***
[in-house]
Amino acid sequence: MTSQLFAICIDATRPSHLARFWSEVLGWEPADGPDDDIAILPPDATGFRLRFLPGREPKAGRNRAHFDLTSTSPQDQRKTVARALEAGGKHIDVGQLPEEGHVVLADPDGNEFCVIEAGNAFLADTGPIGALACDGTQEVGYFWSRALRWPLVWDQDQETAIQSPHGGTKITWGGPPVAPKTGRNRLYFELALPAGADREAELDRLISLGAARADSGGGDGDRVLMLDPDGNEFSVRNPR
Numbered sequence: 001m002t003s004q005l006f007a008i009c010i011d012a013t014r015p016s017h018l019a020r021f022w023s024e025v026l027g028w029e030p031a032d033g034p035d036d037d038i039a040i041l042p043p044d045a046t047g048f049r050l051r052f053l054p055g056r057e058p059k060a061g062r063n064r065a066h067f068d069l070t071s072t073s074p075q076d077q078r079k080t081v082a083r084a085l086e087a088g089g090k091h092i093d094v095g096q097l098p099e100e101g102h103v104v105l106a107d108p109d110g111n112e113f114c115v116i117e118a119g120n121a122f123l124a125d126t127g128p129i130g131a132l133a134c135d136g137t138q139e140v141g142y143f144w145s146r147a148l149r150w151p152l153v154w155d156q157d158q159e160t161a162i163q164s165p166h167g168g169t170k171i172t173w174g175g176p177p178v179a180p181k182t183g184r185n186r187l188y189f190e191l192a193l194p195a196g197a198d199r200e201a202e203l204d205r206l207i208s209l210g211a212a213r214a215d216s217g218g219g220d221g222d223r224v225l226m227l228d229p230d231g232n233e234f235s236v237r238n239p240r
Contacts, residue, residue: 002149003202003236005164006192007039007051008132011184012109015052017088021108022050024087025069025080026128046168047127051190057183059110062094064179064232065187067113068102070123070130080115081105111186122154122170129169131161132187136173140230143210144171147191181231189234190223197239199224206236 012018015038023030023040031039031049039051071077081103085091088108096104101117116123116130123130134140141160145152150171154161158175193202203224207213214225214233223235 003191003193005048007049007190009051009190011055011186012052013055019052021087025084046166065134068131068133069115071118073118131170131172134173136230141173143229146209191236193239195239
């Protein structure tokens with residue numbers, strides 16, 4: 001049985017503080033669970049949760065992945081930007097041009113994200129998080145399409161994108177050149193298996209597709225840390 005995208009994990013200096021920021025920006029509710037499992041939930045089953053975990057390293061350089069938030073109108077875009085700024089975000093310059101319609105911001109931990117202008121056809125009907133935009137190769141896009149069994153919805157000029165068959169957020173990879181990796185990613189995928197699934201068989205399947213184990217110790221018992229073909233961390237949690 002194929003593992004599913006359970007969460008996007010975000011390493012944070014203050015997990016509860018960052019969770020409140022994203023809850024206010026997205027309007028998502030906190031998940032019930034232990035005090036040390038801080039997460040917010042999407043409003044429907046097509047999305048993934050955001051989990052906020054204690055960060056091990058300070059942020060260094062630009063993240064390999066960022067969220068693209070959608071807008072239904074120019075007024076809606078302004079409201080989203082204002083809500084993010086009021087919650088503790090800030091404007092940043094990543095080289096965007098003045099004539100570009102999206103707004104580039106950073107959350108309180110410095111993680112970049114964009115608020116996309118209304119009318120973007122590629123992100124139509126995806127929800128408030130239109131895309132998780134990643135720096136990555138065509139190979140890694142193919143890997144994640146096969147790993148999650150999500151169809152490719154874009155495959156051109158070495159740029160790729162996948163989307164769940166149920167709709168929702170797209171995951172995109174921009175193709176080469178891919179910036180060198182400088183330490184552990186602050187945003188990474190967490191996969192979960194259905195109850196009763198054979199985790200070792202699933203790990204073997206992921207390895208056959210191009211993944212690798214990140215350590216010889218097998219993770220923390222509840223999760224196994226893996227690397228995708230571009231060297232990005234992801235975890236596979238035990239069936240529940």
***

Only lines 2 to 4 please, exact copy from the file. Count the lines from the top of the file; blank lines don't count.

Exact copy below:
Amino acid sequence: MTSQLFAICIDATRPSHLARFWSEVLGWEPADGPDDDIAILPPDATGFRLRFLPGREPKAGRNRAHFDLTSTSPQDQRKTVARALEAGGKHIDVGQLPEEGHVVLADPDGNEFCVIEAGNAFLADTGPIGALACDGTQEVGYFWSRALRWPLVWDQDQETAIQSPHGGTKITWGGPPVAPKTGRNRLYFELALPAGADREAELDRLISLGAARADSGGGDGDRVLMLDPDGNEFSVRNPR
Numbered sequence: 001m002t003s004q005l006f007a008i009c010i011d012a013t014r015p016s017h018l019a020r021f022w023s024e025v026l027g028w029e030p031a032d033g034p035d036d037d038i039a040i041l042p043p044d045a046t047g048f049r050l051r052f053l054p055g056r057e058p059k060a061g062r063n064r065a066h067f068d069l070t071s072t073s074p075q076d077q078r079k080t081v082a083r084a085l086e087a088g089g090k091h092i093d094v095g096q097l098p099e100e101g102h103v104v105l106a107d108p109d110g111n112e113f114c115v116i117e118a119g120n121a122f123l124a125d126t127g128p129i130g131a132l133a134c135d136g137t138q139e140v141g142y143f144w145s146r147a148l149r150w151p152l153v154w155d156q157d158q159e160t161a162i163q164s165p166h167g168g169t170k171i172t173w174g175g176p177p178v179a180p181k182t183g184r185n186r187l188y189f190e191l192a193l194p195a196g197a198d199r200e201a202e203l204d205r206l207i208s209l210g211a212a213r214a215d216s217g218g219g220d221g222d223r224v225l226m227l228d229p230d231g232n233e234f235s236v237r238n239p240r
Contacts, residue, residue: 002149003202003236005164006192007039007051008132011184012109015052017088021108022050024087025069025080026128046168047127051190057183059110062094064179064232065187067113068102070123070130080115081105111186122154122170129169131161132187136173140230143210144171147191181231189234190223197239199224206236 012018015038023030023040031039031049039051071077081103085091088108096104101117116123116130123130134140141160145152150171154161158175193202203224207213214225214233223235 003191003193005048007049007190009051009190011055011186012052013055019052021087025084046166065134068131068133069115071118073118131170131172134173136230141173143229146209191236193239195239